SC Workers’ Comp Laws: What Are the Benefits?

Do you know your workers' comp rights? We explain the benefits you are entitled to under SC workers' comp laws in this guide.
Workplace Injury Lawyers

Over 5,000 Americans die due to work-related injuries each year. In non-fatal cases, there are about 2.8 instances for every 100 workers. 

If you recently sustained work-related injuries, make sure you understand the SC workers’ comp laws. Your workers’ compensation insurance should cover lost wages and medical bills. 

What happens after you file a workers’ compensation claim? How can a workers’ comp lawyer help? What benefits will you receive under the SC workers’ comp laws?

Keep reading to find out! In this guide, we’ll review everything you need to know about your claim.

SC Workers’ Comp Laws

About 27% of over 900,000 nonfatal work injuries resulting in missed workdays were related to trips, slips, and falls. About 235,740 injuries due to equipment resulted in time away from work. Meanwhile, over 1,200 employees died in work-related crashes. 

These work-related injuries could all result in a workers’ compensation claim.

Under SC workers’ comp laws, any employee who suffers work-related injuries is entitled to:

  • Temporary total compensation of lost time
  • Medical expenses coverage
  • Permanent disability benefits

Your lawyer has the right to choose which doctor will treat you. If you go to a doctor without permission from your employer, your employer isn’t liable for the expense. If you have a disability your employer won’t cover, you can choose which physician will evaluate you. 

Under SC workers’ comp laws, you’re obligated to report to your supervisor immediately after you’re injured. Ask your employer to take responsibility for your medical treatment. If your workers’ compensation claim is denied, hire a workers’ comp attorney right away.

Your lawyer can file a Form 50 with the Workers’ Compensation Commission on your behalf. The form will specify:

  • The parties involved
  • The date the accident occurred
  • A description of the accident
  • Who you reported to
  • Your work-related injuries
  • Whether medical attention is needed
  • Any disfigurements or disabilities you developed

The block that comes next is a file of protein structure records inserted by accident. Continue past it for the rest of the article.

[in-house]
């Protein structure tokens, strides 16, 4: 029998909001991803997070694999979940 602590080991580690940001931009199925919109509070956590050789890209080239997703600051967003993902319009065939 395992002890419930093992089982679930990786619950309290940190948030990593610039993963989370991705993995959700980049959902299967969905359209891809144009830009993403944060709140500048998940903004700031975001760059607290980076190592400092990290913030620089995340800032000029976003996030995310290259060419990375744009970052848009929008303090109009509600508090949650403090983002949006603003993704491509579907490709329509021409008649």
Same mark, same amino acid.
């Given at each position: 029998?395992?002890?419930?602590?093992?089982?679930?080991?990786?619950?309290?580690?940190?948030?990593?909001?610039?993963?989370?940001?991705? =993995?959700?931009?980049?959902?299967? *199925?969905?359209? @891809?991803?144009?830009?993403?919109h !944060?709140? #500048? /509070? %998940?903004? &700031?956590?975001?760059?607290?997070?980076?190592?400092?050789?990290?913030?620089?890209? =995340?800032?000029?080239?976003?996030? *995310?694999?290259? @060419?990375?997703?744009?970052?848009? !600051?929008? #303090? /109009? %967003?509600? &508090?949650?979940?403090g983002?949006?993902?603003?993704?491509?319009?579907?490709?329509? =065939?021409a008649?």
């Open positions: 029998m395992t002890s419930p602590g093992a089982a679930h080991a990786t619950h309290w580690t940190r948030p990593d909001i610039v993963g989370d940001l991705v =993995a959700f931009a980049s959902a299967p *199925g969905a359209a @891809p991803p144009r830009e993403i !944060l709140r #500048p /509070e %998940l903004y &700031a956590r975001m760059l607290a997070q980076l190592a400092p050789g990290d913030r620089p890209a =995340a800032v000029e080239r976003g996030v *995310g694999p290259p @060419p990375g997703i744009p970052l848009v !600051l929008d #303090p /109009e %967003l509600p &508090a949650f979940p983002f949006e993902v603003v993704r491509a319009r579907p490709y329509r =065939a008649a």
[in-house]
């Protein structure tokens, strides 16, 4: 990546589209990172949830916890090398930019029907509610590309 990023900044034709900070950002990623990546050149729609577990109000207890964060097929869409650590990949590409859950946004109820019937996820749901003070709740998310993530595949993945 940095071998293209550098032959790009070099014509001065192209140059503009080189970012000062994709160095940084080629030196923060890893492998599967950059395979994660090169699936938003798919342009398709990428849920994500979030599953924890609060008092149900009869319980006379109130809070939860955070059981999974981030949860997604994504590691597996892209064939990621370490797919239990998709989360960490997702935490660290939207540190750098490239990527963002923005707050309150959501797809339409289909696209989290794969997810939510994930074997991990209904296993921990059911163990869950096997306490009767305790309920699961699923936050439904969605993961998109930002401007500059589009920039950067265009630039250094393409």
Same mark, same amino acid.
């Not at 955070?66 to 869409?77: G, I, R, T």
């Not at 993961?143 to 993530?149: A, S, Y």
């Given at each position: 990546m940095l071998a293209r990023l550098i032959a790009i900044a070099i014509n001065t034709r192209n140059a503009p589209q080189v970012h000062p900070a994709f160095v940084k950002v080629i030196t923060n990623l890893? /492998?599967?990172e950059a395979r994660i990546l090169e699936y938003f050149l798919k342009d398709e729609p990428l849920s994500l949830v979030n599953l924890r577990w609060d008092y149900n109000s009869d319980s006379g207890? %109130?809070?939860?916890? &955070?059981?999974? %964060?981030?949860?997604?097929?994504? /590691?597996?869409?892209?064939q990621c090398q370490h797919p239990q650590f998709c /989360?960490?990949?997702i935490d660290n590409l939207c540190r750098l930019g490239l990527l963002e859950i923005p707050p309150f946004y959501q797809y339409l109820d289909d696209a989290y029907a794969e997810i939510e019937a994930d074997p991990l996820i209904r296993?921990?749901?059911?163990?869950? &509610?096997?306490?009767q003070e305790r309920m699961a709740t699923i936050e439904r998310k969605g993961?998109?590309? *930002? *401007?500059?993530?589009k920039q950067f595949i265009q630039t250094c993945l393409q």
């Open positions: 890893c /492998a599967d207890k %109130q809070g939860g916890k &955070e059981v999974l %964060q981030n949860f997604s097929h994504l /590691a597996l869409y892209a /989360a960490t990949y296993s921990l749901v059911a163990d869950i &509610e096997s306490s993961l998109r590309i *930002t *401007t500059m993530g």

• Any other relief you’re requesting

Unless your employer is self-insured, they’ll get representation for an insurance company known as a carrier. Their carrier will file a Form 51. This form either agrees with or denies what you claimed in your Form 50.

An individual Commissioner will act as a fact-finder for your case. Then, they’ll schedule a hearing within three to five months. 

Your Benefits

How much does workers’ comp pay? It depends on your case.

For total disability, you’ll receive 60% of your pre-injury average weekly wage (AWW). 

Usually, the amount is capped to $1,000 per week. 

For partial disability benefits, the total is calculated a little differently. With partial disability, you’re still able to work, even if it’s part-time. 

For partial disability benefits, your AWW is reduced by earning capacity or current earnings. 

Speak with a Columbia Worker’s Comp attorney to determine how much worker’s comp pay you’ll receive. 

What does workers’ comp cover, exactly? Here are a few workers’ comp benefits you can receive after an accident on the job. 

Medical Care

Your employer or the insurance company will pay for the medical care that’s related to your work-related injuries. If you have an unrelated medical condition, you won’t receive coverage for that treatment.

What does Workers’ Comp cover?

Your medical care coverage might include:

  • Surgery
  • Medications
  • Physical therapy
  • Doctor’s visits
  • Other necessary treatments

Make sure you go to the doctor your employer selected. Otherwise, you might not receive coverage.